150 years of data prove extreme marine heat is the “new normal” for oceans, study finds

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Researchers have mapped 150 years of ocean temperatures, collected since 1870, to find that exceedingly warm ocean temperatures — caused by climate change — have become the “new normal.” The study, published in PLOS Climate and conducted by the Monterey Bay Aquarium, found that half of the ocean’s temperatures have been measured above the extreme heat threshold “on a regular basis” since 2014. 

The scientists used the older data to determine a historical benchmark for the highest temperatures on the ocean’s surface — a heat extreme — and then looked at how often, and how much of the ocean, surpassed that benchmark. 

The scientists determined the benchmark by finding the most dramatically hot temperature extremes for the ocean’s surface over a period spanning 1870 to 1919, including only the top 2% of temperature recordings. They defined this number as “extreme heat” and compared it to temperatures we have recorded in recent years. 

In 2014, for the first time, more than half the ocean surface surpassed the heat benchmark at the same time. The trend worsened, with 57% of the ocean exceeding the benchmark in 2019, the last year included in the study’s analysis. When scientists applied the same benchmark to the end of the 1800s, just 2% of the ocean temperatures were over that mark. 

“These dramatic changes we’ve recorded in the ocean are yet another piece of evidence that should be a wake-up call to act on climate change,” Dr. Kyle Van Houtan, leader of the research team during his tenure as chief scientist for the aquarium, said in a press release. “We are experiencing it now, and it is speeding up.”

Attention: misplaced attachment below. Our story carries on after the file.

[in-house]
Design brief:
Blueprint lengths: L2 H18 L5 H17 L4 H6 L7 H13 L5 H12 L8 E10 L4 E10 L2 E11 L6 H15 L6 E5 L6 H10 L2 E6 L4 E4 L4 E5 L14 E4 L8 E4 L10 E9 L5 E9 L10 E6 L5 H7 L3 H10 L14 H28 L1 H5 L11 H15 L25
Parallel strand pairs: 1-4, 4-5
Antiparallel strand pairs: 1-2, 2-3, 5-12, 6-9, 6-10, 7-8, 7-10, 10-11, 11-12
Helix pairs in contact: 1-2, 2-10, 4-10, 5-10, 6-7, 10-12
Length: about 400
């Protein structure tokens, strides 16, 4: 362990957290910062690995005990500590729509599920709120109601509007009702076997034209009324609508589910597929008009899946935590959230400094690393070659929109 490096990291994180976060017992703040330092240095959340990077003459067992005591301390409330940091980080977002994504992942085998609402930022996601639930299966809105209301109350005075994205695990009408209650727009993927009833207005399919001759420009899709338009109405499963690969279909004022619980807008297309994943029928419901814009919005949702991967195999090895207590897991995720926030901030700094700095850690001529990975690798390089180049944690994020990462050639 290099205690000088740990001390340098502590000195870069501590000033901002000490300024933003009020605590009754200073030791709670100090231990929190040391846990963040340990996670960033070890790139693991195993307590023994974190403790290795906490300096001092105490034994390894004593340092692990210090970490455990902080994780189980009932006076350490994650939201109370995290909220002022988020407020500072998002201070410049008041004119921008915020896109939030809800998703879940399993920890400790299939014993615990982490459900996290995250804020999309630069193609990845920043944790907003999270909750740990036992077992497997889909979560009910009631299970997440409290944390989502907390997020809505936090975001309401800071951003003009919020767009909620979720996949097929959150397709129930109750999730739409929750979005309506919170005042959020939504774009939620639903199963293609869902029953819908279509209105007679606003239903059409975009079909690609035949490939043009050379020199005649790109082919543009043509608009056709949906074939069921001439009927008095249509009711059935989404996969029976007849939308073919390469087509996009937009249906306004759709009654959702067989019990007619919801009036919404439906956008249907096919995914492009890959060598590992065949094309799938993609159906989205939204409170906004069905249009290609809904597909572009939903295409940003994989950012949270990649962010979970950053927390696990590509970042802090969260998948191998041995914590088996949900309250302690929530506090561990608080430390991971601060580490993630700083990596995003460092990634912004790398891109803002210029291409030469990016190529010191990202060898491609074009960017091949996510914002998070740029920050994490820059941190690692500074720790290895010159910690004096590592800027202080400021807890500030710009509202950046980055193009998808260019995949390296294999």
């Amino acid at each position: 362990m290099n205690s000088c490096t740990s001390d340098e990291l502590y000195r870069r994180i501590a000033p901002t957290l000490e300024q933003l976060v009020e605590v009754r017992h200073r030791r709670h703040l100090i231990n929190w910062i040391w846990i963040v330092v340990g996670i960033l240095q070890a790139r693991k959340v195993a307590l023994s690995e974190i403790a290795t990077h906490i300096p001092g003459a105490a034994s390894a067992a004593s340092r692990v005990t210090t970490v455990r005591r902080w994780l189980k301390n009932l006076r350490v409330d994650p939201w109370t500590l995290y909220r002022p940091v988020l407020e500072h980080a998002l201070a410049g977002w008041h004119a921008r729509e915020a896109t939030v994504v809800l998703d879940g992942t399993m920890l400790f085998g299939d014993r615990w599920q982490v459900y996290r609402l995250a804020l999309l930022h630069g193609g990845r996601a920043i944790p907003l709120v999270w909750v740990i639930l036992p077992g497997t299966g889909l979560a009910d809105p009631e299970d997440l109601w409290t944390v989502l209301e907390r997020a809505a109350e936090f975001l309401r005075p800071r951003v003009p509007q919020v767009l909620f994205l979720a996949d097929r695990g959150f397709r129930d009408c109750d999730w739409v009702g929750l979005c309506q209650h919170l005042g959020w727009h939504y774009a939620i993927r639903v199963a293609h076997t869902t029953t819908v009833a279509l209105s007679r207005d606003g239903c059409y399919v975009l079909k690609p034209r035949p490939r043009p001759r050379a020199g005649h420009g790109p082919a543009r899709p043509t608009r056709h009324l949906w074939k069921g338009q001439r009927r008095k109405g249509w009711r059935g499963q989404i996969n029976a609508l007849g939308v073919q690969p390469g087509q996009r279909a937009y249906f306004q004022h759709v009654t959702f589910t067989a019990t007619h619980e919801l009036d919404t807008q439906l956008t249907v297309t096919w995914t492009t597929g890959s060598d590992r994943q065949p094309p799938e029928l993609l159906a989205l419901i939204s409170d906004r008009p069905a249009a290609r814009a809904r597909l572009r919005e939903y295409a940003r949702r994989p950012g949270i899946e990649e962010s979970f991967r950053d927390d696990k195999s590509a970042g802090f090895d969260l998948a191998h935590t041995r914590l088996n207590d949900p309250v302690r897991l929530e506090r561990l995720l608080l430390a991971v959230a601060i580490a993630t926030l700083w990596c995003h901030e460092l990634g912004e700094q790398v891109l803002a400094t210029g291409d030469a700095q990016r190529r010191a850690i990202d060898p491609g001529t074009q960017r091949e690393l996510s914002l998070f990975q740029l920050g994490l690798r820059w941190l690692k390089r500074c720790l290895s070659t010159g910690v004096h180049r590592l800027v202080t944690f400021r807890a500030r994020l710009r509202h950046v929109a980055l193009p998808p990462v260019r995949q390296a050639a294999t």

“Today, the majority of the ocean’s surface has warmed to temperatures that only a century ago occurred as rare, once-in-50-year extreme warming events,” Van Houtan added.

Red on the maps indicates the frequency of extreme marine heat per decade from 1980–2019.

Tanaka, Van Houtan/PLOS Climate https://doi.org/10.1371/journal.pclm.0000007.g001

The now common extreme heat, researchers say, can put delicate and crucial marine ecosystems at risk of collapse. Coral reefs, seagrass meadows, and kelp forests were named as ecosystems facing particular danger. Scientists say the loss of these ecosystems also takes a toll on local human communities. 

“Altering ecosystem structure and function threatens their capacity to provide life-sustaining services to human communities like supporting healthy and sustainable fisheries, buffering low-lying coastal regions from extreme weather events, and serving as a carbon sink to store the excess carbon put in the atmosphere from human-generated greenhouse emissions,” Van Houtan said.

The research team added that the regularity of extreme heat highlights the necessity of lowering emissions from fossil fuel use, which is a key driver of climate change

“Climate change is not a future event,” said Van Houtan. “The reality is that it’s been affecting us for a while. Our research shows that for the last seven years more than half of the ocean has experienced extreme heat.”

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